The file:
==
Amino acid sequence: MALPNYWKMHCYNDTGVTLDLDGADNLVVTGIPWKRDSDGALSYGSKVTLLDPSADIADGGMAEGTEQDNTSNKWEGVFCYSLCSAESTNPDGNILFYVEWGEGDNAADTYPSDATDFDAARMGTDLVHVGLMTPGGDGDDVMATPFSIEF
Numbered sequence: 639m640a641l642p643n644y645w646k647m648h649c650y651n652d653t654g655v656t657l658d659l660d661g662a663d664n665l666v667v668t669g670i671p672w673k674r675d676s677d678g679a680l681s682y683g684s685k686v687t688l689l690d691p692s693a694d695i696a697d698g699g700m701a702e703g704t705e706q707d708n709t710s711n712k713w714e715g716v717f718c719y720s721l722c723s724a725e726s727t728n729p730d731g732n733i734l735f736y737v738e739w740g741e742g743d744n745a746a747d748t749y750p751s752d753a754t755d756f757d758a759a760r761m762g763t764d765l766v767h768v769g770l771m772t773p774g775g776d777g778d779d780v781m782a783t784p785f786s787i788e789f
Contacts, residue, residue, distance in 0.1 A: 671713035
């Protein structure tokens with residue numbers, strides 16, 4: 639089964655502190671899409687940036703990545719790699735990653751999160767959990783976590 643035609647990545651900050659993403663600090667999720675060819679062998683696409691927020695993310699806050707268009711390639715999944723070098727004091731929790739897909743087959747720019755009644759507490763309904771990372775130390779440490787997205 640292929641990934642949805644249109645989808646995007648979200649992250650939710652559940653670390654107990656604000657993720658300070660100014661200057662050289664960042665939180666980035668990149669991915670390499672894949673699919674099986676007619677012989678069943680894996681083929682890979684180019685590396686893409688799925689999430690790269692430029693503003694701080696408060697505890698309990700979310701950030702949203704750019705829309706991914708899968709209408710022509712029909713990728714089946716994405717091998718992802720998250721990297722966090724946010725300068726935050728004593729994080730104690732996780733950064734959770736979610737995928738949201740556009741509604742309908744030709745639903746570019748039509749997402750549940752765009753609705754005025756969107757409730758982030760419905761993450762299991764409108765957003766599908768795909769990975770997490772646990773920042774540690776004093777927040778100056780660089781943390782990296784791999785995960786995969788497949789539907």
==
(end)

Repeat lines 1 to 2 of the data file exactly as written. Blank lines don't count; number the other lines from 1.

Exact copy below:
Amino acid sequence: MALPNYWKMHCYNDTGVTLDLDGADNLVVTGIPWKRDSDGALSYGSKVTLLDPSADIADGGMAEGTEQDNTSNKWEGVFCYSLCSAESTNPDGNILFYVEWGEGDNAADTYPSDATDFDAARMGTDLVHVGLMTPGGDGDDVMATPFSIEF
Numbered sequence: 639m640a641l642p643n644y645w646k647m648h649c650y651n652d653t654g655v656t657l658d659l660d661g662a663d664n665l666v667v668t669g670i671p672w673k674r675d676s677d678g679a680l681s682y683g684s685k686v687t688l689l690d691p692s693a694d695i696a697d698g699g700m701a702e703g704t705e706q707d708n709t710s711n712k713w714e715g716v717f718c719y720s721l722c723s724a725e726s727t728n729p730d731g732n733i734l735f736y737v738e739w740g741e742g743d744n745a746a747d748t749y750p751s752d753a754t755d756f757d758a759a760r761m762g763t764d765l766v767h768v769g770l771m772t773p774g775g776d777g778d779d780v781m782a783t784p785f786s787i788e789f